The purpose of the Bill is to bring the Registration of Business Names Act, 1916, into line with modern conditions and to extend its application to bodies corporate. In its main essentials no substantial changes are being made, and the Bill is very largely a tidying up operation. The Bill has already been examined in detail by a Special Committee of the Dáil, who made a number of amendments in it.
For many years before 1916, there had been a demand for legislation requiring persons trading under names other than their own, to register relevant particulars for public inspection. The advent of World War I brought matters to a head and in 1916 the Registration of Business Names Act was passed, partly to deal with aliens carrying on business under names which concealed their true identity. This Act proved useful in peacetime and it has continued in operation since. The registration requirements are regarded by many as rather irksome but I am quite satisfied that the view of the commercial community, generally, is that machinery of this kind should be available to help in the identification of persons trading under business names.
The principal requirements of the 1916 Act relating to registration of business names applied only to individuals and partnerships. It is quite common, however, for companies and other corporate bodies to trade under names other than their corporate names and it is desirable in such cases also that suitable particulars should be filed for public inspection. One of the principal alterations proposed in the present Bill is to expand the business names law accordingly. I would like to refer to two other changes of some significance. The first relates to Section 2 of the 1916 Act which provides that any person carrying on business as nominee or trustee of or for another person or acting as agent for any foreign firm must file certain particulars with the Registrar of Business Names. This provision applies regardless of the business name used, and it was designed principally to expose any business activities of aliens during World War I. There is no need for it any more and I do not, therefore, propose to ask for its re-enactment. The other change refers to Section 8 of the Act of 1916, which provides that where a person fails to register under the Act, any rights which he may have under a contract entered into in relation to the business will be unenforceable. This section seems also to have been prompted by wartime considerations; the disability penalty imposed is, I think, too severe for peacetime conditions and it is not proposed, therefore, to include a section on these lines in the new law. There are a number of other alterations of a rather detailed nature, but, as they would be more suitable for discussion in Committee, I do not propose mentioning them now.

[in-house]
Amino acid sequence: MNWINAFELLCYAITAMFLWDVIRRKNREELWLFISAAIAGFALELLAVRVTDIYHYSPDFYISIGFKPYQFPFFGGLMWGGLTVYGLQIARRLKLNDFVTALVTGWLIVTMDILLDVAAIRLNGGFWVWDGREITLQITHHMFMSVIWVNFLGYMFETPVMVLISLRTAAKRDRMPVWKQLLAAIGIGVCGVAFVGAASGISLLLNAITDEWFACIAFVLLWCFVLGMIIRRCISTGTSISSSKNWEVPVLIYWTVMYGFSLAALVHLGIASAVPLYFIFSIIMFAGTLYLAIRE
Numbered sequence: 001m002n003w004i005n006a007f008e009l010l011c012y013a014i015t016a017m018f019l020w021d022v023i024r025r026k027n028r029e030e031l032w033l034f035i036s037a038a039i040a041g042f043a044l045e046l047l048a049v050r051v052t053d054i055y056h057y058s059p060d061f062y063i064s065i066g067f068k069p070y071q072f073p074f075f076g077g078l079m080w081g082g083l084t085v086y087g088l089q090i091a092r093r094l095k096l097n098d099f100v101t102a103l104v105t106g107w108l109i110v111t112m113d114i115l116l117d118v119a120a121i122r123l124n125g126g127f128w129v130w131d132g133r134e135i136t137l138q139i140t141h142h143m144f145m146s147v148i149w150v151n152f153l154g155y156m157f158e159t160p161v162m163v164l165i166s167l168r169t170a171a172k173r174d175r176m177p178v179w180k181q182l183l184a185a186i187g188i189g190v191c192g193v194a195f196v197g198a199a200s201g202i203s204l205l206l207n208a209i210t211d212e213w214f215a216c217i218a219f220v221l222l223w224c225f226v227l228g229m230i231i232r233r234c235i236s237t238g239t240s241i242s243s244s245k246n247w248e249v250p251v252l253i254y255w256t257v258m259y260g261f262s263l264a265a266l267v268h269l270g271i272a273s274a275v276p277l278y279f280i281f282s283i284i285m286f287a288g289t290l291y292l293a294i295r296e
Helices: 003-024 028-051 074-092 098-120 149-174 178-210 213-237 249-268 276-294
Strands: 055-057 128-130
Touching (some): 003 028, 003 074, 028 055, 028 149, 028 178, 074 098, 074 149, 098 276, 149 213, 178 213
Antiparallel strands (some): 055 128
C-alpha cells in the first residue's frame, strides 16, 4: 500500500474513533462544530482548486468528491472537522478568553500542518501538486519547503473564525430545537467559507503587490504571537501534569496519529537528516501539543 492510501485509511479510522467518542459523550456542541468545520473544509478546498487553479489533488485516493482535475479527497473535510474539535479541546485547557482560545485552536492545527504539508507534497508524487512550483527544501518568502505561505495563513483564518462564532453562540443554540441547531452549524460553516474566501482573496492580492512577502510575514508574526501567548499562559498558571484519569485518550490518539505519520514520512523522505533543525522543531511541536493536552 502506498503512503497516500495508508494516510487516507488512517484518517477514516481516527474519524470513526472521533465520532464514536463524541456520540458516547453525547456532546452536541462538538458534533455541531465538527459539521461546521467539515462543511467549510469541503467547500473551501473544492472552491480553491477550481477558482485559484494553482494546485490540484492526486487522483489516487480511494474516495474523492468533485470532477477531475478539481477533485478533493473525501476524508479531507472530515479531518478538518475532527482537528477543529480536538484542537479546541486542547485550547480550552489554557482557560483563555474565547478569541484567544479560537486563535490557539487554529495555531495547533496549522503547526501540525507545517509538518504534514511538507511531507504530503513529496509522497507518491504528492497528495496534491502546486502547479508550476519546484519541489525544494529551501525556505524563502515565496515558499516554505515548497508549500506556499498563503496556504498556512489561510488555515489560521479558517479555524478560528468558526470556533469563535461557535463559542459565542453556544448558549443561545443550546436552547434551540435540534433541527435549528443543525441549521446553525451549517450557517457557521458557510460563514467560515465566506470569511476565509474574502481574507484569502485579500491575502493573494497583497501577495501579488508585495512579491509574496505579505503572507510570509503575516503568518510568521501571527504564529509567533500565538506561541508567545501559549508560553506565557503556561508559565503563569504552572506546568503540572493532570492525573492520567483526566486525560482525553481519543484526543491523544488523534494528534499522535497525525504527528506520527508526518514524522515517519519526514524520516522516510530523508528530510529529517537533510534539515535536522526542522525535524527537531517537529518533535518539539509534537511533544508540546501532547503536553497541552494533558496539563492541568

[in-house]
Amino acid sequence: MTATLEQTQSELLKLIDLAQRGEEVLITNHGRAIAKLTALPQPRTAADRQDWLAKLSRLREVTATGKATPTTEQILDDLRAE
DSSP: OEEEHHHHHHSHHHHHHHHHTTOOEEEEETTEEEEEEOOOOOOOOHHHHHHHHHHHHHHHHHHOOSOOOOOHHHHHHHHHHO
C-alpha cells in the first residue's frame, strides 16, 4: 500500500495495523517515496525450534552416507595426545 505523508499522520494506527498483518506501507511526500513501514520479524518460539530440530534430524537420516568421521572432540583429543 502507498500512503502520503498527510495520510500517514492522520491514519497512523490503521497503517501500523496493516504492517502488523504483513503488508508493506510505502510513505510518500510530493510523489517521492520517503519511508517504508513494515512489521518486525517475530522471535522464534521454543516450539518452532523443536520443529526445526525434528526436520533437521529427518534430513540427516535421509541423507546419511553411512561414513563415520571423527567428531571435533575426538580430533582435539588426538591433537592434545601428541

During the passage of the Bill through the Dáil it was strongly represented to me that something should be done to facilitate the taking of civil proceedings against the proprietors of concerns conducted under business names which are not, through the neglect of the proprietors, registered under the business names law. I must say I have the greatest sympathy with any solicitors, and their clients, who find themselves in a predicament as a result of a default to register a business name. Following consultation with the Department of Justice, however, I am satisfied that this is not so much a matter for the business names law as for rules of court. I have asked my colleague, the Minister for Justice, to see what can be done to deal with this matter, and I have no doubt that if a satisfactory solution can be found, he will see that the necessary steps are taken to implement it.
It was also represented to me that persons who fail to comply with this branch of the law should be more vigorously prosecuted. In reply I was able to give an assurance, which I now repeat, that so far as it is within the powers and resources of my Department, compliance with these requirements will be effectively enforced.
I am satisfied that this Bill will improve the existing law relating to the registration of business names, and that it is as far as we can go in this field without imposing unreasonable burdens on the commercial community. Senators will have noticed that this Bill and the Companies Bill are travelling together and that they were, in fact, examined with a fine comb by the same Special Committee of the Dáil. It is my hope that they can both be enacted very shortly and brought into operation on the same date.